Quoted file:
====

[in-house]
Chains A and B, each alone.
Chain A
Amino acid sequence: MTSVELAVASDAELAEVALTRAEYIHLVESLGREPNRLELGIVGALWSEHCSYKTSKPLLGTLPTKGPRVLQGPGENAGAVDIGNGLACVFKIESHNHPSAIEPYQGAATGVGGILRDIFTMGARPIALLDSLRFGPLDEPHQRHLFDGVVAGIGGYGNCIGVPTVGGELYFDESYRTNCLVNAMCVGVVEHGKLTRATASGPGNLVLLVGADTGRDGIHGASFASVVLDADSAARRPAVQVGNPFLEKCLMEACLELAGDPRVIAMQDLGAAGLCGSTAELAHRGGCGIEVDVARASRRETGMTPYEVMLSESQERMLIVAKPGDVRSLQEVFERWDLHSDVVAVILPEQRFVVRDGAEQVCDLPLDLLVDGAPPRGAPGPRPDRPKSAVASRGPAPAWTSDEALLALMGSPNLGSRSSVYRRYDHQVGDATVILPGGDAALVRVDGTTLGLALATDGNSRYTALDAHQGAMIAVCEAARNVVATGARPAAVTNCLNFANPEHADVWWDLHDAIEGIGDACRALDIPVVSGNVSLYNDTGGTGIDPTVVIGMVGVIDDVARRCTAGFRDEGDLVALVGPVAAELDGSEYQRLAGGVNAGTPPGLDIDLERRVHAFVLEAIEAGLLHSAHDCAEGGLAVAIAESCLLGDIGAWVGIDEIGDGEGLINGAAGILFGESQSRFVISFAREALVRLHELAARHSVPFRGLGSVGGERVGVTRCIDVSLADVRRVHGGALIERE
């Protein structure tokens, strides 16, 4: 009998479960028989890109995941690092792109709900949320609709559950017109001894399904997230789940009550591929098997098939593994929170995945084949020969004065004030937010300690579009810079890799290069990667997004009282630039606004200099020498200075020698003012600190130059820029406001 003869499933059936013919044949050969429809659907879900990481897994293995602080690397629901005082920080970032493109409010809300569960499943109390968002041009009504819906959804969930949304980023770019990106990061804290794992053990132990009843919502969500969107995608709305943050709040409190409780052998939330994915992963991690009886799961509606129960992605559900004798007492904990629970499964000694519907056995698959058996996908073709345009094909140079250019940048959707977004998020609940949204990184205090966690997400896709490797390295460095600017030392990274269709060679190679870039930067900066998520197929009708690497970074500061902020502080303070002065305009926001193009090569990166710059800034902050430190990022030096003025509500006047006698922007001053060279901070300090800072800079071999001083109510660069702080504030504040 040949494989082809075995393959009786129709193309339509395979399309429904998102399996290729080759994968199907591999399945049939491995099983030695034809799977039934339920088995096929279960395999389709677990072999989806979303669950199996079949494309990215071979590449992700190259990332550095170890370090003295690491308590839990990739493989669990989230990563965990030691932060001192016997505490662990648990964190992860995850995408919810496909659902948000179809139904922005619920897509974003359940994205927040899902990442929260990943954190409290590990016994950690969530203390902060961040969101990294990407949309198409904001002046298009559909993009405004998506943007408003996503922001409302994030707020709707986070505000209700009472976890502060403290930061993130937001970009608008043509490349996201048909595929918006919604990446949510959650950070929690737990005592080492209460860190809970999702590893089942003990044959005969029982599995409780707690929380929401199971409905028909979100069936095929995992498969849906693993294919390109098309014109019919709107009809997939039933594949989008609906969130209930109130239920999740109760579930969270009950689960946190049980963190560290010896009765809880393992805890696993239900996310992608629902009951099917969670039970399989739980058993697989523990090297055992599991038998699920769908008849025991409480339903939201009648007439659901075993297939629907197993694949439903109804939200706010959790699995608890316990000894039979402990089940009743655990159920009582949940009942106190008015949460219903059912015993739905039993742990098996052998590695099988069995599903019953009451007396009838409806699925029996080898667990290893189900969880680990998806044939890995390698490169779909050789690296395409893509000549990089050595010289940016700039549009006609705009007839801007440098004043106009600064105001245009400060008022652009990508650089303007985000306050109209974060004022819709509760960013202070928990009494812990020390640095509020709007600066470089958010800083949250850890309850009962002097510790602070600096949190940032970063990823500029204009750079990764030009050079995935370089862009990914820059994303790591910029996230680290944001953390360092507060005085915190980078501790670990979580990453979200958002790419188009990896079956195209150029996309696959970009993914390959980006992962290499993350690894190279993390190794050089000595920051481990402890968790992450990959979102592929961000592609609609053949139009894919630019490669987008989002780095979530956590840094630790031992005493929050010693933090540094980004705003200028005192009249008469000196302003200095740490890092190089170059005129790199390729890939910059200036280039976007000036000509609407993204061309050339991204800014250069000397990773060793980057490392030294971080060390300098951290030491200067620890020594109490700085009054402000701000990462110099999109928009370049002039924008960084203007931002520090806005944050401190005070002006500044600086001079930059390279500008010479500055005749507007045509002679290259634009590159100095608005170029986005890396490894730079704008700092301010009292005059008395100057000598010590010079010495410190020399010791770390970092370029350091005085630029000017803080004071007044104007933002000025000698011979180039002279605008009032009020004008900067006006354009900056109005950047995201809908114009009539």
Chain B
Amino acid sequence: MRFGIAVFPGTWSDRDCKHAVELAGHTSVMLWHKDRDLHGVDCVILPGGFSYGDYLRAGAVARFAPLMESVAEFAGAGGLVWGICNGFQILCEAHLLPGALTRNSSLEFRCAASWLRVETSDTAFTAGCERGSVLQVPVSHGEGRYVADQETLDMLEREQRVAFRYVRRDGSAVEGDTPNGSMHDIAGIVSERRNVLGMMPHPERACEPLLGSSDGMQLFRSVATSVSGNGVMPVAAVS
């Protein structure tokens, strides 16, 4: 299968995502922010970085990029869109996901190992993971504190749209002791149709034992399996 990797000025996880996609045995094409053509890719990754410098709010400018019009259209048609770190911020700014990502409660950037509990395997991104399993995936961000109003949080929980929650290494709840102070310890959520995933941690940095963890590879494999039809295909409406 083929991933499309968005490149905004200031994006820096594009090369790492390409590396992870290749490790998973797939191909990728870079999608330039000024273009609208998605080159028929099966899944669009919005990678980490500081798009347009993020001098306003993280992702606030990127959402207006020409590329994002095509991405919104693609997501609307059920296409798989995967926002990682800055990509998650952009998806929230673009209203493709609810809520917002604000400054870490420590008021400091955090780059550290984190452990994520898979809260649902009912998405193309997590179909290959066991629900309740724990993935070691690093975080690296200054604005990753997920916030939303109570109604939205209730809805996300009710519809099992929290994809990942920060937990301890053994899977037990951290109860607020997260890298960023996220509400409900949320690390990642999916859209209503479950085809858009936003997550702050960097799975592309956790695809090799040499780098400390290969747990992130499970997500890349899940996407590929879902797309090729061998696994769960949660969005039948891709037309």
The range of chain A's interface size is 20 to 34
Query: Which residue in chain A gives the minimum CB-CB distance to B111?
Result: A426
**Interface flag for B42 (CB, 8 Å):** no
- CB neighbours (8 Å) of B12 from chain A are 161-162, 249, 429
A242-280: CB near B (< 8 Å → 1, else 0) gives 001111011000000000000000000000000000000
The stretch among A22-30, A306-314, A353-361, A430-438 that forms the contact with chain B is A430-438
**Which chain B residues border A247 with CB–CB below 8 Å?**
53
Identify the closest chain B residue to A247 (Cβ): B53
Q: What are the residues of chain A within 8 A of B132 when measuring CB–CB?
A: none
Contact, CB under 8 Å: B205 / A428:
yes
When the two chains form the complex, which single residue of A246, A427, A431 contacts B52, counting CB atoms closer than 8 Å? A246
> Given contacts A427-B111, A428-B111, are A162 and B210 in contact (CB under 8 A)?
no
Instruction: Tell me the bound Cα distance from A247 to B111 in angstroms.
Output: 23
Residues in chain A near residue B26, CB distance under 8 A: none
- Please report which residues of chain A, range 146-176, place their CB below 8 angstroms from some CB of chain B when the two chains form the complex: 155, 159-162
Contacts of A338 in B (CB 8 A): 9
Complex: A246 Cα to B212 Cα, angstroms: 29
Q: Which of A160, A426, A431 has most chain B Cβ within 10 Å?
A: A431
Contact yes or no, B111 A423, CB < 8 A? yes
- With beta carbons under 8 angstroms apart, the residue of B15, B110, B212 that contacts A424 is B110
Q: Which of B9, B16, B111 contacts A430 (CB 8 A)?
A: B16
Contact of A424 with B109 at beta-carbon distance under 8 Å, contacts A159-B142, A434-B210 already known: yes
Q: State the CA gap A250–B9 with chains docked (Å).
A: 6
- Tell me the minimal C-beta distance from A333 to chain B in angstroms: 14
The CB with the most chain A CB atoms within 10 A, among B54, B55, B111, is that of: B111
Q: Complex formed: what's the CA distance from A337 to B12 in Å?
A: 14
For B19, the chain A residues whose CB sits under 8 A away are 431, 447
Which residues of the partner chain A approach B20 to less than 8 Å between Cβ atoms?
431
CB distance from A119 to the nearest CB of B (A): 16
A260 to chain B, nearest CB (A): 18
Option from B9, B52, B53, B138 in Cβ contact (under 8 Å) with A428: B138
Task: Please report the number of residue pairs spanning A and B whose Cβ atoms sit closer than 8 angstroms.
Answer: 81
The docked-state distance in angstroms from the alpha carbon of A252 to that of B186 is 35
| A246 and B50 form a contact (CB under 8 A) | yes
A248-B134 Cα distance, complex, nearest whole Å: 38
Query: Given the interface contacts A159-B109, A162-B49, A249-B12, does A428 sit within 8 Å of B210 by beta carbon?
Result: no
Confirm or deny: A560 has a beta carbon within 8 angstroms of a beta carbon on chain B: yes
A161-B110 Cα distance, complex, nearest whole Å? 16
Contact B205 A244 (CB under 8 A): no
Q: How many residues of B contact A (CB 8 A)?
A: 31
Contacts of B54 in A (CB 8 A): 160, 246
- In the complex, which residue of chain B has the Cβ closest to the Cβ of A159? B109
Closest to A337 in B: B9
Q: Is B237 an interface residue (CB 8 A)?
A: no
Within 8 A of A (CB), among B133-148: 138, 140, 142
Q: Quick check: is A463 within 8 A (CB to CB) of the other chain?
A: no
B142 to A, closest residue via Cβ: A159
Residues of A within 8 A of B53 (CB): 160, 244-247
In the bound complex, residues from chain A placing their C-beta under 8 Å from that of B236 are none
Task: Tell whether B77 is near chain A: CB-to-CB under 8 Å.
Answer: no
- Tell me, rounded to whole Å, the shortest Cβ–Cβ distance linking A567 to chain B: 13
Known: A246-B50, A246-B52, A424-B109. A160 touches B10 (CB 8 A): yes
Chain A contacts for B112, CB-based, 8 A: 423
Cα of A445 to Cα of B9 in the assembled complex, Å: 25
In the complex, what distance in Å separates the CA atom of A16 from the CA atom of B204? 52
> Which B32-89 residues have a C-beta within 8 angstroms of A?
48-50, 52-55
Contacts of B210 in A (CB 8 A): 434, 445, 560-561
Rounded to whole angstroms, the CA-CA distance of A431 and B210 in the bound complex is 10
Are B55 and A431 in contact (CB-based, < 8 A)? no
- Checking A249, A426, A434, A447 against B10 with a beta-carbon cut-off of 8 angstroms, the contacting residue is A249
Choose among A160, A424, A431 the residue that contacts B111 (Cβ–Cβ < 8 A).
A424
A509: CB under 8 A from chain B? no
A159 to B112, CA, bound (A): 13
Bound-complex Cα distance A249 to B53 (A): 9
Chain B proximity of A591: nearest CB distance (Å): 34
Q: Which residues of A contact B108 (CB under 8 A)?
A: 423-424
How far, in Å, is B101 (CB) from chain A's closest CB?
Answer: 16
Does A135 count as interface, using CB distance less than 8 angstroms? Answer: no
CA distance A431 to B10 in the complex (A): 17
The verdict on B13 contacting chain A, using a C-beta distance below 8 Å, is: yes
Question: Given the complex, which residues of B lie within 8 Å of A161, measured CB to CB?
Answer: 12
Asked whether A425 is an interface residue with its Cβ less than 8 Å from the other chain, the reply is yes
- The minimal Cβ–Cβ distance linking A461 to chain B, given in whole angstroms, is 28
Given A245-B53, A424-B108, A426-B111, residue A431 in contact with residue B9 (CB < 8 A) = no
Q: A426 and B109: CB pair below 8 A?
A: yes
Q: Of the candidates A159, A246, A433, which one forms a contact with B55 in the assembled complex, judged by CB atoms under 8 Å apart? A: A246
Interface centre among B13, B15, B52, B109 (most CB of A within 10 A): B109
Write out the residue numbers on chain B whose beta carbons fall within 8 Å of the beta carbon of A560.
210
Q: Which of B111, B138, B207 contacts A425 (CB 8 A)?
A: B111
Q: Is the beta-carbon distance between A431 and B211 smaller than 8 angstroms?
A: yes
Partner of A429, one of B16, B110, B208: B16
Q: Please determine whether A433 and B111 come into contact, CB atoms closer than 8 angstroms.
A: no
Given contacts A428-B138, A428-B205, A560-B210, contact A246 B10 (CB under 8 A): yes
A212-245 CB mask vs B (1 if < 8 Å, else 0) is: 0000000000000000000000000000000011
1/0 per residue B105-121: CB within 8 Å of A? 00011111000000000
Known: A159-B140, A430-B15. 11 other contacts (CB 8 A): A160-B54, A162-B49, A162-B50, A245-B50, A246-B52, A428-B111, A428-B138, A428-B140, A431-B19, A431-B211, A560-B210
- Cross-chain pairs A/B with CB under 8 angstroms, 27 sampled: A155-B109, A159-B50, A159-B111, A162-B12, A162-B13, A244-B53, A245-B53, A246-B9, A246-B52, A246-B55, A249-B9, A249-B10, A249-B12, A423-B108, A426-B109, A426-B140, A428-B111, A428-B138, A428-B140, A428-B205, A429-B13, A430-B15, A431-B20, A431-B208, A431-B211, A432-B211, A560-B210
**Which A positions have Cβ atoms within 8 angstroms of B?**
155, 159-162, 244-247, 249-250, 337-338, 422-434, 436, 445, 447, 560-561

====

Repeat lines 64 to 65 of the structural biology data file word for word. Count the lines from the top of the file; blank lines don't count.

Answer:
- In the complex, which residue of chain B has the Cβ closest to the Cβ of A159? B109
Closest to A337 in B: B9